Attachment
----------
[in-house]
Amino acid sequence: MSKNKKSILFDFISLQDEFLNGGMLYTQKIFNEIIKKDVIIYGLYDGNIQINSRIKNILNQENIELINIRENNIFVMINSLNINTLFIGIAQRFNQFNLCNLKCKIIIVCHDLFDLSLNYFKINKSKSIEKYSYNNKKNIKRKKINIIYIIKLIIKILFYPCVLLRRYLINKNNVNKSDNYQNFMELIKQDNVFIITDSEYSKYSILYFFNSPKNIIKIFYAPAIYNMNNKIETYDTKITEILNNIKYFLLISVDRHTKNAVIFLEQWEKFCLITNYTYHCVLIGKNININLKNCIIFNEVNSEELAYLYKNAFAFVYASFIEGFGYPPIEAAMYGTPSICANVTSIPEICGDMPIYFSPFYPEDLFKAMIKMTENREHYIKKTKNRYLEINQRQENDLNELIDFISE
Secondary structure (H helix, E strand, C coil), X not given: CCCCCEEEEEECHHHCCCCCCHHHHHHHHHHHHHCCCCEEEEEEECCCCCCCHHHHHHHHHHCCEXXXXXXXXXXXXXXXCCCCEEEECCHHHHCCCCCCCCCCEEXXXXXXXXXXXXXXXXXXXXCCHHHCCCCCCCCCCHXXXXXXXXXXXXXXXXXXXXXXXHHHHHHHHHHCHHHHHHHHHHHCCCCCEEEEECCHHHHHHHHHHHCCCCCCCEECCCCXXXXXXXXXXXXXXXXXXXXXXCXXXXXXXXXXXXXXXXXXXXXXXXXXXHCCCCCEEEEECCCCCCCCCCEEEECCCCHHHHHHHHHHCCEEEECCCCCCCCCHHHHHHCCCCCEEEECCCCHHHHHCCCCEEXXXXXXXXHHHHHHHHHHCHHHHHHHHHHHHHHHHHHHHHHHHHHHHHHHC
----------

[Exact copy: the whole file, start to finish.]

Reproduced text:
[in-house]
Amino acid sequence: MSKNKKSILFDFISLQDEFLNGGMLYTQKIFNEIIKKDVIIYGLYDGNIQINSRIKNILNQENIELINIRENNIFVMINSLNINTLFIGIAQRFNQFNLCNLKCKIIIVCHDLFDLSLNYFKINKSKSIEKYSYNNKKNIKRKKINIIYIIKLIIKILFYPCVLLRRYLINKNNVNKSDNYQNFMELIKQDNVFIITDSEYSKYSILYFFNSPKNIIKIFYAPAIYNMNNKIETYDTKITEILNNIKYFLLISVDRHTKNAVIFLEQWEKFCLITNYTYHCVLIGKNININLKNCIIFNEVNSEELAYLYKNAFAFVYASFIEGFGYPPIEAAMYGTPSICANVTSIPEICGDMPIYFSPFYPEDLFKAMIKMTENREHYIKKTKNRYLEINQRQENDLNELIDFISE
Secondary structure (H helix, E strand, C coil), X not given: CCCCCEEEEEECHHHCCCCCCHHHHHHHHHHHHHCCCCEEEEEEECCCCCCCHHHHHHHHHHCCEXXXXXXXXXXXXXXXCCCCEEEECCHHHHCCCCCCCCCCEEXXXXXXXXXXXXXXXXXXXXCCHHHCCCCCCCCCCHXXXXXXXXXXXXXXXXXXXXXXXHHHHHHHHHHCHHHHHHHHHHHCCCCCEEEEECCHHHHHHHHHHHCCCCCCCEECCCCXXXXXXXXXXXXXXXXXXXXXXCXXXXXXXXXXXXXXXXXXXXXXXXXXXHCCCCCEEEEECCCCCCCCCCEEEECCCCHHHHHHHHHHCCEEEECCCCCCCCCHHHHHHCCCCCEEEECCCCHHHHHCCCCEEXXXXXXXXHHHHHHHHHHCHHHHHHHHHHHHHHHHHHHHHHHHHHHHHHHC